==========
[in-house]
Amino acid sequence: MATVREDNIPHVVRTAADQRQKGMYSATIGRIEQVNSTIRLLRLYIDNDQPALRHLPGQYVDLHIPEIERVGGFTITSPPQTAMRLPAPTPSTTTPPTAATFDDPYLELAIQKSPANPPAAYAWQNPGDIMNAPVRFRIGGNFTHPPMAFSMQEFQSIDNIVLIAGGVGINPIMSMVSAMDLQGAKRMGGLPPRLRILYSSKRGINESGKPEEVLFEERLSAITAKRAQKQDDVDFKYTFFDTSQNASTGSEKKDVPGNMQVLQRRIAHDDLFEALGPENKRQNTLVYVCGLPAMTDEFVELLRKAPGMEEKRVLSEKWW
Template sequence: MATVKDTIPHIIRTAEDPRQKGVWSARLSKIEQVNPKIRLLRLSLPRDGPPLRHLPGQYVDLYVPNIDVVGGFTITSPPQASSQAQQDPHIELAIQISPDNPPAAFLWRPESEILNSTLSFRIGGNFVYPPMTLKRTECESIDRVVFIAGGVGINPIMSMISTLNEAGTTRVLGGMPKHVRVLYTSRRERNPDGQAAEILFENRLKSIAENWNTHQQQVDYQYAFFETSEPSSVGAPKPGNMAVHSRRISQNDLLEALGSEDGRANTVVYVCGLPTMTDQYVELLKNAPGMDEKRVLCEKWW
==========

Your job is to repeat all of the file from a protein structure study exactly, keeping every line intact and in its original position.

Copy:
[in-house]
Amino acid sequence: MATVREDNIPHVVRTAADQRQKGMYSATIGRIEQVNSTIRLLRLYIDNDQPALRHLPGQYVDLHIPEIERVGGFTITSPPQTAMRLPAPTPSTTTPPTAATFDDPYLELAIQKSPANPPAAYAWQNPGDIMNAPVRFRIGGNFTHPPMAFSMQEFQSIDNIVLIAGGVGINPIMSMVSAMDLQGAKRMGGLPPRLRILYSSKRGINESGKPEEVLFEERLSAITAKRAQKQDDVDFKYTFFDTSQNASTGSEKKDVPGNMQVLQRRIAHDDLFEALGPENKRQNTLVYVCGLPAMTDEFVELLRKAPGMEEKRVLSEKWW
Template sequence: MATVKDTIPHIIRTAEDPRQKGVWSARLSKIEQVNPKIRLLRLSLPRDGPPLRHLPGQYVDLYVPNIDVVGGFTITSPPQASSQAQQDPHIELAIQISPDNPPAAFLWRPESEILNSTLSFRIGGNFVYPPMTLKRTECESIDRVVFIAGGVGINPIMSMISTLNEAGTTRVLGGMPKHVRVLYTSRRERNPDGQAAEILFENRLKSIAENWNTHQQQVDYQYAFFETSEPSSVGAPKPGNMAVHSRRISQNDLLEALGSEDGRANTVVYVCGLPTMTDQYVELLKNAPGMDEKRVLCEKWW